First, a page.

Sprint Demo

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The Sprint Demo, also known as the Team Demo, is the team’s opportunity to show that they have met the agreed upon, overall goals for the sprint. The demo is informal and uses working software to show that all of the team’s commitments were completed during the sprint.

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Related Mindset:





The input for the Sprint Demo is a coded, testable and functional unit of working software.


The output of the Sprint Demo is immediate customer feedback, and a potentially shippable product increment.

The Sprint Demo, often a part of the larger Sprint Review Meeting, is a critical piece of the Agile scrum process.

The sprint demo occurs at the end of each sprint, and is the opportunity for the team to showcase completed work from the current sprint to the Product Owner and the appropriate internal stakeholders. This may include financial decision makers, management, and influencers. It can also include some external representatives including target users.

Sprint demos provide a transparent view of measurable progress, and are a vehicle for open communication and feedback between the team and all stakeholders. They give customers and the larger community the chance to see working features and provide comments. Continuous, quick feedback helps ensure the team is continuing to build and deliver working software that provides value.

Some general guidelines for running an effective Sprint Demo:

  • The meeting should be informal, open and collaborative.
  • The meeting should be timeboxed to a maximum of 1 hour per number of weeks in a sprint. For example, a two week sprint should be timeboxed to two hours.
  • The meeting should focus on the working software. There shouldn’t be any PowerPoint presentations. With this focus, the meeting should require minimal preparation.
  • The Scrum Master should invite the scrum team, business owners, decision makers, customers, and all appropriate internal and external stakeholders.
  • The meeting is led by the Product Owner, demoed by the developers, and facilitated by the Scrum Master.
  • The team should only demo complete, functioning, shippable features. - This is the time to discuss and share why any stories were not completed in the sprint.
  • One primary goal of the meeting should be to solicit feedback around the value that is delivered to users through this functionality.
  • All feedback should be placed in the Backlog for future consideration and prioritization. Prioritization of this feedback should not be discussed in this meeting.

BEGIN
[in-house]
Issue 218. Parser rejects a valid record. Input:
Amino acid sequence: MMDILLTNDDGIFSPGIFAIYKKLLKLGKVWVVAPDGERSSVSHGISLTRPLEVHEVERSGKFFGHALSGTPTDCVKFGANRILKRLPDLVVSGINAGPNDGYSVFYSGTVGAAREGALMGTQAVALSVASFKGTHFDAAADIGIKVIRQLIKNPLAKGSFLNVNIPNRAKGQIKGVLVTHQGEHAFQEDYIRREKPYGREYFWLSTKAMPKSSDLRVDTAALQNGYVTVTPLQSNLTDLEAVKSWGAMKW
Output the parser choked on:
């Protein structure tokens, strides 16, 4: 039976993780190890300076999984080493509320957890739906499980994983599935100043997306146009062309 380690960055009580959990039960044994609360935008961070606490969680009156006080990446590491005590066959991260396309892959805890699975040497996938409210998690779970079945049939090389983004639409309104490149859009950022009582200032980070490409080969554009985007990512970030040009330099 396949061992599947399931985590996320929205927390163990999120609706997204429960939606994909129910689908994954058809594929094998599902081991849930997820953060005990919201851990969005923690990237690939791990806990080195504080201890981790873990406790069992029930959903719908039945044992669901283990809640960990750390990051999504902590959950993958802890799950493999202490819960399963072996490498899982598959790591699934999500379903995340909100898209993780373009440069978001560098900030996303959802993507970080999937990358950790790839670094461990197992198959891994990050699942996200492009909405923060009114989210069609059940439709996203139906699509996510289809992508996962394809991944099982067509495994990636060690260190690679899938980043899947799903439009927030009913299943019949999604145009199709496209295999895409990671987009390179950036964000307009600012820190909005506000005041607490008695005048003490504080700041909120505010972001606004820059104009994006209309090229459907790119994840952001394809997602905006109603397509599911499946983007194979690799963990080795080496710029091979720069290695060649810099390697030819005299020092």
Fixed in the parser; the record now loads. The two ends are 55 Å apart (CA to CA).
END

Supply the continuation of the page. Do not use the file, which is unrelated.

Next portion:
• Identify and document any new risks that may arise as a result of the Demo.

Common Pitfalls

While many organizations are adept and proficient with Agile, there are problems that can occur during a Sprint Demo that can derail a team or project:

  • Using the Sprint Demo as a ‘Sign-off’ or ‘User Acceptance’ Meeting - It is great to get feedback during a Sprint Demo, but using it as a sign-off meeting can cause scope creep in the current Backlog, minimize the Agile Product Owner role, and create walls between the various teams and the stakeholders.
  • Demoing Unfinished Work - While it can be tempting to demo work that is well underway but not yet completed as a way to get feedback, this often leads to team miscommunication and a lack of transparency to stakeholders on the state of the work. By only demonstrating finished work, teams can more accurately track, review, and report their progress.
  • Not Having the Right Audience In Attendance - Sponsors, major stakeholders, and real users can all provide valuable feedback in the Sprint Demo. If key individuals are not present, it will hinder the team’s ability to make both difficult and real-world decisions that could have a far reaching impact on the initiative. In addition, getting feedback from individuals that don’t have influence will delay work and steer the project in the wrong direction.


In most cases, the Sprint Demo will include a collection of on-site and remote attendees. With this being the case, the technology that the solution is being built in will have an impact on how the solution is demoed. Even in situations where mobile experiences are being shown, tools can be used to give all attendees a preview.

Screen Sharing Software

Android Emulators
Android Studio Emulator
Genymotion Emulator

Mobile Mirroring
Quicktime (iOS)
Reflector (iOS and Android)
AppleTV (iOS)